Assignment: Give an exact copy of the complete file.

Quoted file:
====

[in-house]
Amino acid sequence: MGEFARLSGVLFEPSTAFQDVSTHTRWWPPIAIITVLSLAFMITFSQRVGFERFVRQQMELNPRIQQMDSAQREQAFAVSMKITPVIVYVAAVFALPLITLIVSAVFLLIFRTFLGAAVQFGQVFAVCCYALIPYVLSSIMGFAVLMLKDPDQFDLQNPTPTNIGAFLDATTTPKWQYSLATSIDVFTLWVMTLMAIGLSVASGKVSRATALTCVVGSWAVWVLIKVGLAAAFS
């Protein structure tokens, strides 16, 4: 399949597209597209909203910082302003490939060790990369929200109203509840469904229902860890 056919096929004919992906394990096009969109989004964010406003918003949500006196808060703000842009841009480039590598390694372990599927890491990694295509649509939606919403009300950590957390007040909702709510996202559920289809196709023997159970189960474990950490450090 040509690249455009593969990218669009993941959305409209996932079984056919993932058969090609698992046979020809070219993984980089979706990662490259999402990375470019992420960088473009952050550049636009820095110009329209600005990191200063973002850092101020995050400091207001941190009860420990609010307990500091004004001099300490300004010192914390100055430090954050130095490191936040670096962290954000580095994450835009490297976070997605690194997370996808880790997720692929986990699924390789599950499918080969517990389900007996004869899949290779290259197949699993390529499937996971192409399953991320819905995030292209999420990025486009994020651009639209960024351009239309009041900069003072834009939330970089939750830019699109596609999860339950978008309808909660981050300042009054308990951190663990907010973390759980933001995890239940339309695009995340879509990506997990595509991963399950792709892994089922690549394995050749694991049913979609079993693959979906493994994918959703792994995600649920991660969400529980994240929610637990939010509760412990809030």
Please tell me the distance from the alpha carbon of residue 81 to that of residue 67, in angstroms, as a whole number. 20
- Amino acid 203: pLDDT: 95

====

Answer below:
[in-house]
Amino acid sequence: MGEFARLSGVLFEPSTAFQDVSTHTRWWPPIAIITVLSLAFMITFSQRVGFERFVRQQMELNPRIQQMDSAQREQAFAVSMKITPVIVYVAAVFALPLITLIVSAVFLLIFRTFLGAAVQFGQVFAVCCYALIPYVLSSIMGFAVLMLKDPDQFDLQNPTPTNIGAFLDATTTPKWQYSLATSIDVFTLWVMTLMAIGLSVASGKVSRATALTCVVGSWAVWVLIKVGLAAAFS
């Protein structure tokens, strides 16, 4: 399949597209597209909203910082302003490939060790990369929200109203509840469904229902860890 056919096929004919992906394990096009969109989004964010406003918003949500006196808060703000842009841009480039590598390694372990599927890491990694295509649509939606919403009300950590957390007040909702709510996202559920289809196709023997159970189960474990950490450090 040509690249455009593969990218669009993941959305409209996932079984056919993932058969090609698992046979020809070219993984980089979706990662490259999402990375470019992420960088473009952050550049636009820095110009329209600005990191200063973002850092101020995050400091207001941190009860420990609010307990500091004004001099300490300004010192914390100055430090954050130095490191936040670096962290954000580095994450835009490297976070997605690194997370996808880790997720692929986990699924390789599950499918080969517990389900007996004869899949290779290259197949699993390529499937996971192409399953991320819905995030292209999420990025486009994020651009639209960024351009239309009041900069003072834009939330970089939750830019699109596609999860339950978008309808909660981050300042009054308990951190663990907010973390759980933001995890239940339309695009995340879509990506997990595509991963399950792709892994089922690549394995050749694991049913979609079993693959979906493994994918959703792994995600649920991660969400529980994240929610637990939010509760412990809030």
Please tell me the distance from the alpha carbon of residue 81 to that of residue 67, in angstroms, as a whole number. 20
- Amino acid 203: pLDDT: 95